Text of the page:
Hand soap could be killing you

Illustration for article titled Hand soap could be killing you

Ready for your daily dose of FUD? How about a paper linking antibacterial soap to muscle impairment? That's right, now you can be paranoid that cleaning your hands might hurt your heart later in life.


Specifically, the researchers looked at triclosan, a widely used antibacterial chemical, which you'll find in soap, deodorants, mouthwashes, toothpaste, bedding, and a whole bunch of other things. It's generally assumed to be safe for humans because it binds to proteins without becoming biologically available — plus there are limited ways that it gets into our bodies.

Concerned by the fact that triclosan has been detected in waterways and human waste, some researchers set out to see how it effected muscle control, both in petri dishes and animal models. In vitro, they found the chemical impaired isolated heart muscle cells and skeletal muscle fibers from being able to contract properly by blocking calcium channel communication. Moving up to animal models, mice showed a 25% reduction in heart function after being exposed to the chemicals, an 18% reduction in grip strength for up to an hour after dosing; and fathead minnows that spent a week in contaminated water swam worse than those that hadn't.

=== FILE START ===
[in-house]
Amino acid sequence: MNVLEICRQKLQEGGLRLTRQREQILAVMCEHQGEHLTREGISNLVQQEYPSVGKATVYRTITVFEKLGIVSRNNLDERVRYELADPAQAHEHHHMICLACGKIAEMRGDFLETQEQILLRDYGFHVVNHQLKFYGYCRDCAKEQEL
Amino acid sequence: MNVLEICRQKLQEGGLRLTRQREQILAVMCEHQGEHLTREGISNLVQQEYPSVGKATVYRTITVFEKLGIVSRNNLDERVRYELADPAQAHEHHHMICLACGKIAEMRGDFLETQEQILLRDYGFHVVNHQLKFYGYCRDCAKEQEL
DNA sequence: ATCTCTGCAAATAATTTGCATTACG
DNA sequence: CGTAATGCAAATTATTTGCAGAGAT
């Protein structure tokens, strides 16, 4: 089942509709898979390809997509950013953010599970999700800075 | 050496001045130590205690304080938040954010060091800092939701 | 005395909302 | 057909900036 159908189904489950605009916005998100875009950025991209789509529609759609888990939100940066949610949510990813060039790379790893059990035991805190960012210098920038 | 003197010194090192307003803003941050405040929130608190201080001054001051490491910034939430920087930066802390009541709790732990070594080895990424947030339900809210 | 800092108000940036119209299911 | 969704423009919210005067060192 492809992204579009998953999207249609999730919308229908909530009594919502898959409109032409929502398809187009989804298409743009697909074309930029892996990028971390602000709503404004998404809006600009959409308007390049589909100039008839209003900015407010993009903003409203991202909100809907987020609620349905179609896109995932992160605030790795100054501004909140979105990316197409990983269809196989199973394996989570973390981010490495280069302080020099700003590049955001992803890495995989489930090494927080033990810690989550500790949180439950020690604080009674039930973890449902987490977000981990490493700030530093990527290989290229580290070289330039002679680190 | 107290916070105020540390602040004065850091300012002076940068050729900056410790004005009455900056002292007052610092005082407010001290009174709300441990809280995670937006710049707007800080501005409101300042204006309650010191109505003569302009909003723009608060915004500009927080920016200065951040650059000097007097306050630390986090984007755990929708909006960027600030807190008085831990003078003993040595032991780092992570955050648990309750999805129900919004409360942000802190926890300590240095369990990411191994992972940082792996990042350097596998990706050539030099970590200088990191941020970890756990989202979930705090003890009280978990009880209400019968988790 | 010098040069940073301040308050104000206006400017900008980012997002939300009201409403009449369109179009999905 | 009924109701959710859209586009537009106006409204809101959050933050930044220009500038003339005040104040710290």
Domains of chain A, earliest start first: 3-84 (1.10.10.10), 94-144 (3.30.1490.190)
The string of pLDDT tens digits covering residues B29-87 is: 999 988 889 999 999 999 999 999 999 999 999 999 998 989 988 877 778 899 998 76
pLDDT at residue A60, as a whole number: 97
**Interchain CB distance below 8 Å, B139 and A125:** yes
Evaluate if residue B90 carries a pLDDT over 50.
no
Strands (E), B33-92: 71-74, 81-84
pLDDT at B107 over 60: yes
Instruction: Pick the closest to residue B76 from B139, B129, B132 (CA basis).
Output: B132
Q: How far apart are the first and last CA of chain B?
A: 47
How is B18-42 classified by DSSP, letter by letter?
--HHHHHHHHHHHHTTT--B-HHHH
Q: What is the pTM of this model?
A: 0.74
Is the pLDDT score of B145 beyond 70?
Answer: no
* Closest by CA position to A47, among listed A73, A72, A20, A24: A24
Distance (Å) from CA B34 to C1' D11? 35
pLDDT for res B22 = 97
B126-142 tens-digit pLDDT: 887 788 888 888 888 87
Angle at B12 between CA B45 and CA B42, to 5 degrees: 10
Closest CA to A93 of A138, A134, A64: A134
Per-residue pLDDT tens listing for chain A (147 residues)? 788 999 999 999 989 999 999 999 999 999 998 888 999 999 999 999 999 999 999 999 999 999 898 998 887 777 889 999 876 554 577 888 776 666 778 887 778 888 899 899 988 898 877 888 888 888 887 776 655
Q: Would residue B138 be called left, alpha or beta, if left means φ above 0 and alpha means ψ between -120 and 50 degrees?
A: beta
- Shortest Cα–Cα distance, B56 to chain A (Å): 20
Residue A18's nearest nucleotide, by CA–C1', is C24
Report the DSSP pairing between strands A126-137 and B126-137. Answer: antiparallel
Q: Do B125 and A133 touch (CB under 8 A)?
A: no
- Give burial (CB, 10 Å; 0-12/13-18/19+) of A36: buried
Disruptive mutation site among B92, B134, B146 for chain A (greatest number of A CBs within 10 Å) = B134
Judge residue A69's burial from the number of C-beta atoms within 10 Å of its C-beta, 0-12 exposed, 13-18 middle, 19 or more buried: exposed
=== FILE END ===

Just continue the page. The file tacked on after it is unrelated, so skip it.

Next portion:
Such effects are enough to put the animals at risk for predation. "We were surprised by the large degree to which muscle activity was impaired in very different organisms and in both cardiac and skeletal muscle," said co-author Bruce Hammock in a press release. "You can imagine in animals that depend so totally on muscle activity that even a 10-percent reduction in ability can make a real difference in their survival."

We're still a long way from showing there are directly negative effects on humans — after all, we'd require a much higher exposure than mice to feel the effects, but the ubiquity of the chemical has the authors worried.

"In patients with underlying heart failure, triclosan could have significant effects because it is so widely used," co-author Nipavan Chiamvimonvat said. "However, without additional studies, it would be difficult for a physician to distinguish between natural disease progression and an environmental factor such as triclosan."

With more research, we may get a better idea about what's happening. In the meantime, you can just use normal soap and not worry about it.


Photo by Michael Kovalenko via Shutterstock



Just another reason to not buy the stuff. Normal soap and water for the most part is good enough. The anti-bacterial shit is gilding the Lilly.

To be honest, it would be better if people actually washed their hands in the first place. I'm looking at you Mr "I took a crap and didn't wash my hands."